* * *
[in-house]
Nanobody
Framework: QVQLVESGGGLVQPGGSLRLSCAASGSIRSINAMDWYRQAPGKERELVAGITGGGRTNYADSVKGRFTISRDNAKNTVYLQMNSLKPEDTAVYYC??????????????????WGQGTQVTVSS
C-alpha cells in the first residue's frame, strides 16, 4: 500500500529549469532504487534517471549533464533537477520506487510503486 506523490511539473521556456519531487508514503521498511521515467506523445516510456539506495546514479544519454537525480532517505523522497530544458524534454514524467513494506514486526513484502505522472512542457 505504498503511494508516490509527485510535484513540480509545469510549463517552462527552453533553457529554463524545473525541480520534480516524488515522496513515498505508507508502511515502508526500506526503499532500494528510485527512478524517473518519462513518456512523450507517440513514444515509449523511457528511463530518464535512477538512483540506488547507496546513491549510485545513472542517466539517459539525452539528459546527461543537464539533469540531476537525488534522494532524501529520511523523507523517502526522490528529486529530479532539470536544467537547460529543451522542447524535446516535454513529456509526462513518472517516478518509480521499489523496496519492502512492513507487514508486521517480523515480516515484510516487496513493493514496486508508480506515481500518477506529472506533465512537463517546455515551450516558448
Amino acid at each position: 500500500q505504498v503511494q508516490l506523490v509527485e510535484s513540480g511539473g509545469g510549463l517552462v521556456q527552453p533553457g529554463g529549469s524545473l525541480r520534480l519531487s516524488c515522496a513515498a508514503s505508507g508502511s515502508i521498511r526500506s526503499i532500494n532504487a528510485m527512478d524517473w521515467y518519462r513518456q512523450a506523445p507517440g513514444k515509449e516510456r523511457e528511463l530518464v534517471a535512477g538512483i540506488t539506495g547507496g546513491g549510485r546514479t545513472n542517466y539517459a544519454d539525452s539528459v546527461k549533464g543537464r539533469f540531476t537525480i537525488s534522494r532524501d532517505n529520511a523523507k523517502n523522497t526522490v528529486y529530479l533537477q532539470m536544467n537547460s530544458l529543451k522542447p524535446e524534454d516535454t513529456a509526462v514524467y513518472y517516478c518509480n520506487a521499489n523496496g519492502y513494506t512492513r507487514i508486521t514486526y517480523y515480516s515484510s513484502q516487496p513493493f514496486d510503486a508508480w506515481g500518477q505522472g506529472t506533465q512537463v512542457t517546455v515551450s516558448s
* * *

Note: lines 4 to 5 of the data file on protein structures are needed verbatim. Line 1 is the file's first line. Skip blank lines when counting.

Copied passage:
C-alpha cells in the first residue's frame, strides 16, 4: 500500500529549469532504487534517471549533464533537477520506487510503486 506523490511539473521556456519531487508514503521498511521515467506523445516510456539506495546514479544519454537525480532517505523522497530544458524534454514524467513494506514486526513484502505522472512542457 505504498503511494508516490509527485510535484513540480509545469510549463517552462527552453533553457529554463524545473525541480520534480516524488515522496513515498505508507508502511515502508526500506526503499532500494528510485527512478524517473518519462513518456512523450507517440513514444515509449523511457528511463530518464535512477538512483540506488547507496546513491549510485545513472542517466539517459539525452539528459546527461543537464539533469540531476537525488534522494532524501529520511523523507523517502526522490528529486529530479532539470536544467537547460529543451522542447524535446516535454513529456509526462513518472517516478518509480521499489523496496519492502512492513507487514508486521517480523515480516515484510516487496513493493514496486508508480506515481500518477506529472506533465512537463517546455515551450516558448
Amino acid at each position: 500500500q505504498v503511494q508516490l506523490v509527485e510535484s513540480g511539473g509545469g510549463l517552462v521556456q527552453p533553457g529554463g529549469s524545473l525541480r520534480l519531487s516524488c515522496a513515498a508514503s505508507g508502511s515502508i521498511r526500506s526503499i532500494n532504487a528510485m527512478d524517473w521515467y518519462r513518456q512523450a506523445p507517440g513514444k515509449e516510456r523511457e528511463l530518464v534517471a535512477g538512483i540506488t539506495g547507496g546513491g549510485r546514479t545513472n542517466y539517459a544519454d539525452s539528459v546527461k549533464g543537464r539533469f540531476t537525480i537525488s534522494r532524501d532517505n529520511a523523507k523517502n523522497t526522490v528529486y529530479l533537477q532539470m536544467n537547460s530544458l529543451k522542447p524535446e524534454d516535454t513529456a509526462v514524467y513518472y517516478c518509480n520506487a521499489n523496496g519492502y513494506t512492513r507487514i508486521t514486526y517480523y515480516s515484510s513484502q516487496p513493493f514496486d510503486a508508480w506515481g500518477q505522472g506529472t506533465q512537463v512542457t517546455v515551450s516558448s